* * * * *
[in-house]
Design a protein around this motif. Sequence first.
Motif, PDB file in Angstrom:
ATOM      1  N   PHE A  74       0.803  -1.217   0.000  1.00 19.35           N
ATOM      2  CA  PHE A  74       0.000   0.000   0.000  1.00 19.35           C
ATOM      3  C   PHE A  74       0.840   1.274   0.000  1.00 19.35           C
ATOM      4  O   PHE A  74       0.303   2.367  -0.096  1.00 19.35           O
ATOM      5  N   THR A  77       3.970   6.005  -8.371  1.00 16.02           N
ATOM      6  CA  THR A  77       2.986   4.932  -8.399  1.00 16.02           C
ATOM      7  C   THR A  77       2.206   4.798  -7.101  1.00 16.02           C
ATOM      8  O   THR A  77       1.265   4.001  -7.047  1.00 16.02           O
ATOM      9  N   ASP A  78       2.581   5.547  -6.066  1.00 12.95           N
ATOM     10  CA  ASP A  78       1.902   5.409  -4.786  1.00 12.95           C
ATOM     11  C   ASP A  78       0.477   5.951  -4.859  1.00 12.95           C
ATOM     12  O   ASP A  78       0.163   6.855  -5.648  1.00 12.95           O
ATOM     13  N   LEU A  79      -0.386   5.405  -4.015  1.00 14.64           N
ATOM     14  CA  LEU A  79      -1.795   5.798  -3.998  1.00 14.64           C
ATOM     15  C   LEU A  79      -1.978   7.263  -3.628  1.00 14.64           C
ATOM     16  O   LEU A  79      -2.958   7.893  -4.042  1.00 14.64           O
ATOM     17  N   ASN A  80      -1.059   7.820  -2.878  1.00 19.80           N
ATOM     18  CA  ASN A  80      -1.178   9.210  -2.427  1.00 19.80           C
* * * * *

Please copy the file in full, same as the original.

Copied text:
[in-house]
Design a protein around this motif. Sequence first.
Motif, PDB file in Angstrom:
ATOM      1  N   PHE A  74       0.803  -1.217   0.000  1.00 19.35           N
ATOM      2  CA  PHE A  74       0.000   0.000   0.000  1.00 19.35           C
ATOM      3  C   PHE A  74       0.840   1.274   0.000  1.00 19.35           C
ATOM      4  O   PHE A  74       0.303   2.367  -0.096  1.00 19.35           O
ATOM      5  N   THR A  77       3.970   6.005  -8.371  1.00 16.02           N
ATOM      6  CA  THR A  77       2.986   4.932  -8.399  1.00 16.02           C
ATOM      7  C   THR A  77       2.206   4.798  -7.101  1.00 16.02           C
ATOM      8  O   THR A  77       1.265   4.001  -7.047  1.00 16.02           O
ATOM      9  N   ASP A  78       2.581   5.547  -6.066  1.00 12.95           N
ATOM     10  CA  ASP A  78       1.902   5.409  -4.786  1.00 12.95           C
ATOM     11  C   ASP A  78       0.477   5.951  -4.859  1.00 12.95           C
ATOM     12  O   ASP A  78       0.163   6.855  -5.648  1.00 12.95           O
ATOM     13  N   LEU A  79      -0.386   5.405  -4.015  1.00 14.64           N
ATOM     14  CA  LEU A  79      -1.795   5.798  -3.998  1.00 14.64           C
ATOM     15  C   LEU A  79      -1.978   7.263  -3.628  1.00 14.64           C
ATOM     16  O   LEU A  79      -2.958   7.893  -4.042  1.00 14.64           O
ATOM     17  N   ASN A  80      -1.059   7.820  -2.878  1.00 19.80           N
ATOM     18  CA  ASN A  80      -1.178   9.210  -2.427  1.00 19.80           C